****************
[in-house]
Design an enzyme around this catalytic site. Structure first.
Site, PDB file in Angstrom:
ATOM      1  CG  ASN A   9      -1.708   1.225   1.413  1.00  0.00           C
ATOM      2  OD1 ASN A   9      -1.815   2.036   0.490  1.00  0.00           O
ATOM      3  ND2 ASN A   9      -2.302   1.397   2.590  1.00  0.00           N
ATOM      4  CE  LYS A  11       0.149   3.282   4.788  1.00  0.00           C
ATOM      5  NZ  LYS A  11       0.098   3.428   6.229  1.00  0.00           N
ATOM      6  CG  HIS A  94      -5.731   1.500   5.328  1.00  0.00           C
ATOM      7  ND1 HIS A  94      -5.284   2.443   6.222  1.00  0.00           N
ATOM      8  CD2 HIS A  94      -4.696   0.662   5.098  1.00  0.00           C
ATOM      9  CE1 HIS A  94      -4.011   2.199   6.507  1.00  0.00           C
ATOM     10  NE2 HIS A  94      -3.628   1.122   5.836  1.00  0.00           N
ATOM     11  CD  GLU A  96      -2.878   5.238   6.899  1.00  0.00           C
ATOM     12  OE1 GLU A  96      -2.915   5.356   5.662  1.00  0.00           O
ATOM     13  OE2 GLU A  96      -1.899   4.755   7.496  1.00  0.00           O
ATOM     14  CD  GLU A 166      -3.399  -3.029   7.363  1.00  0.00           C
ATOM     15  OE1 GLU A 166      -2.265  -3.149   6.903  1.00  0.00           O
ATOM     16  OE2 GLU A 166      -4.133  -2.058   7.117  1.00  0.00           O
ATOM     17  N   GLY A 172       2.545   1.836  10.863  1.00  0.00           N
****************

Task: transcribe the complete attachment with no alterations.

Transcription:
[in-house]
Design an enzyme around this catalytic site. Structure first.
Site, PDB file in Angstrom:
ATOM      1  CG  ASN A   9      -1.708   1.225   1.413  1.00  0.00           C
ATOM      2  OD1 ASN A   9      -1.815   2.036   0.490  1.00  0.00           O
ATOM      3  ND2 ASN A   9      -2.302   1.397   2.590  1.00  0.00           N
ATOM      4  CE  LYS A  11       0.149   3.282   4.788  1.00  0.00           C
ATOM      5  NZ  LYS A  11       0.098   3.428   6.229  1.00  0.00           N
ATOM      6  CG  HIS A  94      -5.731   1.500   5.328  1.00  0.00           C
ATOM      7  ND1 HIS A  94      -5.284   2.443   6.222  1.00  0.00           N
ATOM      8  CD2 HIS A  94      -4.696   0.662   5.098  1.00  0.00           C
ATOM      9  CE1 HIS A  94      -4.011   2.199   6.507  1.00  0.00           C
ATOM     10  NE2 HIS A  94      -3.628   1.122   5.836  1.00  0.00           N
ATOM     11  CD  GLU A  96      -2.878   5.238   6.899  1.00  0.00           C
ATOM     12  OE1 GLU A  96      -2.915   5.356   5.662  1.00  0.00           O
ATOM     13  OE2 GLU A  96      -1.899   4.755   7.496  1.00  0.00           O
ATOM     14  CD  GLU A 166      -3.399  -3.029   7.363  1.00  0.00           C
ATOM     15  OE1 GLU A 166      -2.265  -3.149   6.903  1.00  0.00           O
ATOM     16  OE2 GLU A 166      -4.133  -2.058   7.117  1.00  0.00           O
ATOM     17  N   GLY A 172       2.545   1.836  10.863  1.00  0.00           N